The Victoria sponge is a quintessential British cake, a fact you probably already know if you've seen even one season of "The Great British Baking Show." This cake features two layers of light sponge with a delicate spread of jam and, often, buttercream in the middle. It's been a staple of British afternoon tea ever since Queen Victoria enjoyed it in the 19th century, which — as you might have guessed — is how the Victoria sponge got its name.
Baker and judge of "The Great British Baking Show" Paul Hollywood has an important tip for creating a light and fluffy Victoria sponge cake, and it involves the use of both butter and margarine. In fact, on his recipe website, Hollywood says this British favorite should be a new baker's "very first cake" because it involves multiple techniques and can teach valuable lessons about different ingredients' roles in a recipe. The combination of butter and margarine is perhaps the most noteworthy element of the recipe, and it shows how these two ingredients, which are often substituted for one another, bring significantly different qualities to baked goods.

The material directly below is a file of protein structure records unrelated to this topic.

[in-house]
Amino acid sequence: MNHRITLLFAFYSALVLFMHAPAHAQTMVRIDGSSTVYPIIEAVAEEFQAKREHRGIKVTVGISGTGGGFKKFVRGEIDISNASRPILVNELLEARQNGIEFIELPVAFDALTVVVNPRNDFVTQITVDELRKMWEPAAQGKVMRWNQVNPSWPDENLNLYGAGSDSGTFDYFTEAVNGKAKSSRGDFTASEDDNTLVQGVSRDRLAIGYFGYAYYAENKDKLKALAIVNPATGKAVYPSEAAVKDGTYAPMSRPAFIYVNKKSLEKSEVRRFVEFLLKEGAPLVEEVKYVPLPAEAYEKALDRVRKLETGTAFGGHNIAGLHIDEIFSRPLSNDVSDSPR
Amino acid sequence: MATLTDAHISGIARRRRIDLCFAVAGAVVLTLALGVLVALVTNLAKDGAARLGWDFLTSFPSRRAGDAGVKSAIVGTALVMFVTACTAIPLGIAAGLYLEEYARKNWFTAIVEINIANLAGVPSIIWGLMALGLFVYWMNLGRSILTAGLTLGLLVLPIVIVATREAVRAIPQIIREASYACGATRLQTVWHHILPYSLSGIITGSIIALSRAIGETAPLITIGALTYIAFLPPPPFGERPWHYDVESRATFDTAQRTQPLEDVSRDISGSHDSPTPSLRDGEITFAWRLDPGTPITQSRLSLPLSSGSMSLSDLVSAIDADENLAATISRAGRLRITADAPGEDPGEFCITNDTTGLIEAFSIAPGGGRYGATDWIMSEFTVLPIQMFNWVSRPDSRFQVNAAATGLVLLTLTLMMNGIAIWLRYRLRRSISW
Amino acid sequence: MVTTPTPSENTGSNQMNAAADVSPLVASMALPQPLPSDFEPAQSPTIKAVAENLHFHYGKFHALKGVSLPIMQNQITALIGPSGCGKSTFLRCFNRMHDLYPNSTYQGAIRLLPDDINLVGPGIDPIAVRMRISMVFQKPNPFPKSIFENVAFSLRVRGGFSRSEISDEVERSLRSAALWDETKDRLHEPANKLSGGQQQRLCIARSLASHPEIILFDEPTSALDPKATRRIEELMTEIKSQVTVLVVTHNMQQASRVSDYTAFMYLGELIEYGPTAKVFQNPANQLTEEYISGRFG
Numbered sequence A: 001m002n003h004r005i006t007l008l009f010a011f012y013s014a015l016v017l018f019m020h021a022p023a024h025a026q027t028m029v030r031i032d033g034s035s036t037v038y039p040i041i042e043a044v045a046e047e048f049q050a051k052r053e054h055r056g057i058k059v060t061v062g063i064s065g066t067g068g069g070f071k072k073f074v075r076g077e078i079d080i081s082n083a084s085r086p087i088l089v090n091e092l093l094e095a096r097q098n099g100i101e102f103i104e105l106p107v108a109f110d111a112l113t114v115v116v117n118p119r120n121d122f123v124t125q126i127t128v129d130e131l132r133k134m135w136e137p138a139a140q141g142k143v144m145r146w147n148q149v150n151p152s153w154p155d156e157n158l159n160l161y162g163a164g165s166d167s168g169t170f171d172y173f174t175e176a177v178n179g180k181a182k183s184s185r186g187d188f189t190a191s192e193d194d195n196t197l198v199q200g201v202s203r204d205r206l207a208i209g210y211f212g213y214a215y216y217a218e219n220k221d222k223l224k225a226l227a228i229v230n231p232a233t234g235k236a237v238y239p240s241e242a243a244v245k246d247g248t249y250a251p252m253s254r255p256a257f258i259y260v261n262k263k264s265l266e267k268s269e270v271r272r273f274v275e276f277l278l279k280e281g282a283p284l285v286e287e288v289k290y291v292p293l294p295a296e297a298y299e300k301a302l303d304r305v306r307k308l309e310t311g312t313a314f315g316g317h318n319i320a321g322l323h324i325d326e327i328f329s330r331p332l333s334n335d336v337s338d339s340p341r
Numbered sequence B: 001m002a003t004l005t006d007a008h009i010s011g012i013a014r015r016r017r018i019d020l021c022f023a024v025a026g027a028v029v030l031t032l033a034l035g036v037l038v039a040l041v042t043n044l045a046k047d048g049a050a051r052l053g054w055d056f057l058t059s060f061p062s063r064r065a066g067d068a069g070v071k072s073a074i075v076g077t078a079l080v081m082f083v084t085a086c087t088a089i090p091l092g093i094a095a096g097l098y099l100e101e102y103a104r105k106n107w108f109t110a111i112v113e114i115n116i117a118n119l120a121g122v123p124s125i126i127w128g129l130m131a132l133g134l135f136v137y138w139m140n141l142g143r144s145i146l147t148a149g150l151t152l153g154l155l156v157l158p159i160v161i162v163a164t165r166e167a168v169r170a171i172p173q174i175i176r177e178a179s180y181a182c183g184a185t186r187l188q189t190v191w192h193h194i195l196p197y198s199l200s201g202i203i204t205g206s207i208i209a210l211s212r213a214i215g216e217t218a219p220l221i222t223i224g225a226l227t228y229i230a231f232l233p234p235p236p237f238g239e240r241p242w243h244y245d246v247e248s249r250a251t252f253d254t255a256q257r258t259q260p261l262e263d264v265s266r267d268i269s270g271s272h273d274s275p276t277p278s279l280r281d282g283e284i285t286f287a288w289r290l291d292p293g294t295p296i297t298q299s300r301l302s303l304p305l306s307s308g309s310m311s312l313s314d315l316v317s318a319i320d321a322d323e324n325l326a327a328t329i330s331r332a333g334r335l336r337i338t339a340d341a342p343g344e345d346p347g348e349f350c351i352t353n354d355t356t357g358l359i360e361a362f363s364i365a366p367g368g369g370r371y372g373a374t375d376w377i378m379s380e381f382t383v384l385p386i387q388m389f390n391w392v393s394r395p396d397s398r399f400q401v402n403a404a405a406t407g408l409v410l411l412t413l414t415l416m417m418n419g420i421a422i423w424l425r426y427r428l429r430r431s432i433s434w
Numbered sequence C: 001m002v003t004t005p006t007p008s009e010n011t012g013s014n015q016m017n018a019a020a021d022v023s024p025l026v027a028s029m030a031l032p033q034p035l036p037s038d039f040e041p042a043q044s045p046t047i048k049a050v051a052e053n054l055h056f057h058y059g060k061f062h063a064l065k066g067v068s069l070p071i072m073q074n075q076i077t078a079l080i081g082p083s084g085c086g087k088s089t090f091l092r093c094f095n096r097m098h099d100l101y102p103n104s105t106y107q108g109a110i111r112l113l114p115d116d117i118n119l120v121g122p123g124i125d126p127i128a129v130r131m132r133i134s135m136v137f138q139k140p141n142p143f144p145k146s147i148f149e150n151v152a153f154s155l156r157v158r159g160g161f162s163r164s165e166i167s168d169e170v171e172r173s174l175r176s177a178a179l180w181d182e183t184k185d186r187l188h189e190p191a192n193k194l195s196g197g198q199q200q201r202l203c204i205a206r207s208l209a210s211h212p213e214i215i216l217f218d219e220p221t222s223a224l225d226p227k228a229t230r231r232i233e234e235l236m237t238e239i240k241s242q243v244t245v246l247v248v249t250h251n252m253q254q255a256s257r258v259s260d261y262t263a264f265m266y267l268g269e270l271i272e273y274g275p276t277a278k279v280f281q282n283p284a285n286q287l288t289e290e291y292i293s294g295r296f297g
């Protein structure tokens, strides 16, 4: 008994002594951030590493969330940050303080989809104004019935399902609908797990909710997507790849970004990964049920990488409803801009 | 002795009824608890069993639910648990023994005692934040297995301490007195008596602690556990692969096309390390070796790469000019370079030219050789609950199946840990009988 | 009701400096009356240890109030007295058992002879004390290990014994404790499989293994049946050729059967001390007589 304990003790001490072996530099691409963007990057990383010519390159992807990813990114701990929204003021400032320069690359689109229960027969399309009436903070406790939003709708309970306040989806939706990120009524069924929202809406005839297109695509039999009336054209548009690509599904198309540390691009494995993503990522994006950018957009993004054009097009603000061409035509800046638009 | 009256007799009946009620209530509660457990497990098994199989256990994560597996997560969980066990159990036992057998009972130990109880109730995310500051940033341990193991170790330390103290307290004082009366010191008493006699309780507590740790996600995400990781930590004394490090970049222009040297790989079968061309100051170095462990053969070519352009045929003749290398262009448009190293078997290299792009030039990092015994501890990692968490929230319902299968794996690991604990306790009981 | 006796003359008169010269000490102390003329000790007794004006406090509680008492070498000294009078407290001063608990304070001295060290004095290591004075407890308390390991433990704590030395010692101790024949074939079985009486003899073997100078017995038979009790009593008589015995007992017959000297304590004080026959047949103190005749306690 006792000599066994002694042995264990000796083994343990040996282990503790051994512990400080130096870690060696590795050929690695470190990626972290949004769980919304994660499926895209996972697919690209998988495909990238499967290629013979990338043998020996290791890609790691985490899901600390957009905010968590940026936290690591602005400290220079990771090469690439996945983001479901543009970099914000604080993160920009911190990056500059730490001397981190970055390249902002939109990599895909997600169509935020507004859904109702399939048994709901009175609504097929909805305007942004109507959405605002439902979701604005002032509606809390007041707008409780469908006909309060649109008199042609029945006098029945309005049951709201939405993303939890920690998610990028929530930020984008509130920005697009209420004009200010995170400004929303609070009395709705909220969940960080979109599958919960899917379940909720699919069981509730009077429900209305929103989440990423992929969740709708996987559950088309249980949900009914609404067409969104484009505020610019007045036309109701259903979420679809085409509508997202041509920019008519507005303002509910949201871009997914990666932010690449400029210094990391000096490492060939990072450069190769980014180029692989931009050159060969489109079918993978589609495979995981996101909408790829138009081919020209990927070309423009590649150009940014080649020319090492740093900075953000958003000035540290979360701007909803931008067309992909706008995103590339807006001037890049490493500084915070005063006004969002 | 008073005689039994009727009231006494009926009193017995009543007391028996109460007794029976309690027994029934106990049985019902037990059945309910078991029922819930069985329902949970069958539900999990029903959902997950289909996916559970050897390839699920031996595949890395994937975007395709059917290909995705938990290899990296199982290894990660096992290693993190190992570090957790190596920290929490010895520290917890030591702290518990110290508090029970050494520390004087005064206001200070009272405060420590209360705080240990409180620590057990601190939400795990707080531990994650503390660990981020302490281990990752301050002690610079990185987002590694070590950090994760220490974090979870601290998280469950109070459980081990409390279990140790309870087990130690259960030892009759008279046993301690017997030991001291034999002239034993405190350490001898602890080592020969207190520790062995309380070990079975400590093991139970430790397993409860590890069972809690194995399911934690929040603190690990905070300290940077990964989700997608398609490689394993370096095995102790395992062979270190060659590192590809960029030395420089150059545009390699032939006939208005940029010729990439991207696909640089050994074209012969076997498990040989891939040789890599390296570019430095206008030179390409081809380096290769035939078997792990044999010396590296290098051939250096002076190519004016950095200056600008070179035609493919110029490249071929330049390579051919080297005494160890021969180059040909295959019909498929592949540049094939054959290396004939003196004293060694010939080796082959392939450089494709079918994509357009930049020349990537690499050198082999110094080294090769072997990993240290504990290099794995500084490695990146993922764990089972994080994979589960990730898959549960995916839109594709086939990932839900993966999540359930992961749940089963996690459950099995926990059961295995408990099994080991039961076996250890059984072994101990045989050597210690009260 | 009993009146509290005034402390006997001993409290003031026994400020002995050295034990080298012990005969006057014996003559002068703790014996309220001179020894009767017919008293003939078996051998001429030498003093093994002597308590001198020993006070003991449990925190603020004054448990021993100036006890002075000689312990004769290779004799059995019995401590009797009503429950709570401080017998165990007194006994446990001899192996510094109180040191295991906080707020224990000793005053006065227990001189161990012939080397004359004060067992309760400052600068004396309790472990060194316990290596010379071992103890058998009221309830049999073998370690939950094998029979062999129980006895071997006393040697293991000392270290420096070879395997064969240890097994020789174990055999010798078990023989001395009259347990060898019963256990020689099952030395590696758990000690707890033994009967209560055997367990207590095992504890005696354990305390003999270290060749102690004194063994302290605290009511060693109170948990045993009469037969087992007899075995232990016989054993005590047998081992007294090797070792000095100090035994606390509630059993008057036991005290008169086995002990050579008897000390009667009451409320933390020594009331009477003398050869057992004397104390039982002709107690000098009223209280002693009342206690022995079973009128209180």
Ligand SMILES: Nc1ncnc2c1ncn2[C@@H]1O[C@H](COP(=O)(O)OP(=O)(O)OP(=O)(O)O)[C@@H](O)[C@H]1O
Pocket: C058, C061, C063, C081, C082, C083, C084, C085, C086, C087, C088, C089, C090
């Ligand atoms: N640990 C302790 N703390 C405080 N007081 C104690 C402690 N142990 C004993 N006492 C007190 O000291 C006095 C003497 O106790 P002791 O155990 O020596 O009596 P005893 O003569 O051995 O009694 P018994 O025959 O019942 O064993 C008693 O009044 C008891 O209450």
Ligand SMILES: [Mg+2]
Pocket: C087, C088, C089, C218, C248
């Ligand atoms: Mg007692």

Butter And Margarine Create Balance In A Victoria Sponge
When the time comes to introduce fats to a baked good, butter and margarine are the usual suspects. Butter is the result of separating cream's fats from its liquids. To be considered butter, it must contain no less than 80% milk fat. On the other hand, margarine is made from vegetable oils or animal fats, water, and other additives or emulsifiers. Margarine must also be 80% fat. However, just because these ingredients are roughly equivalent in fat content doesn't mean they accomplish the same function.
Understanding these fat sources' differences can help us understand Hollywood's reason for using both in his Victoria sponge cake. Butter imparts an irreproducible buttery flavor, whereas margarine contributes little to the taste domain. According to Hollywood, the reason you should start using margarine in baking comes down to texture. The oils and water content in margarine yield a softer bake, which is important for a sponge. So, for the perfectly balanced Victoria sponge cake, Hollywood uses "half margarine for a lighter texture and half butter for a rich flavor." This clever baking strategy can also apply to any baked sponge.
Read the original article on Mashed.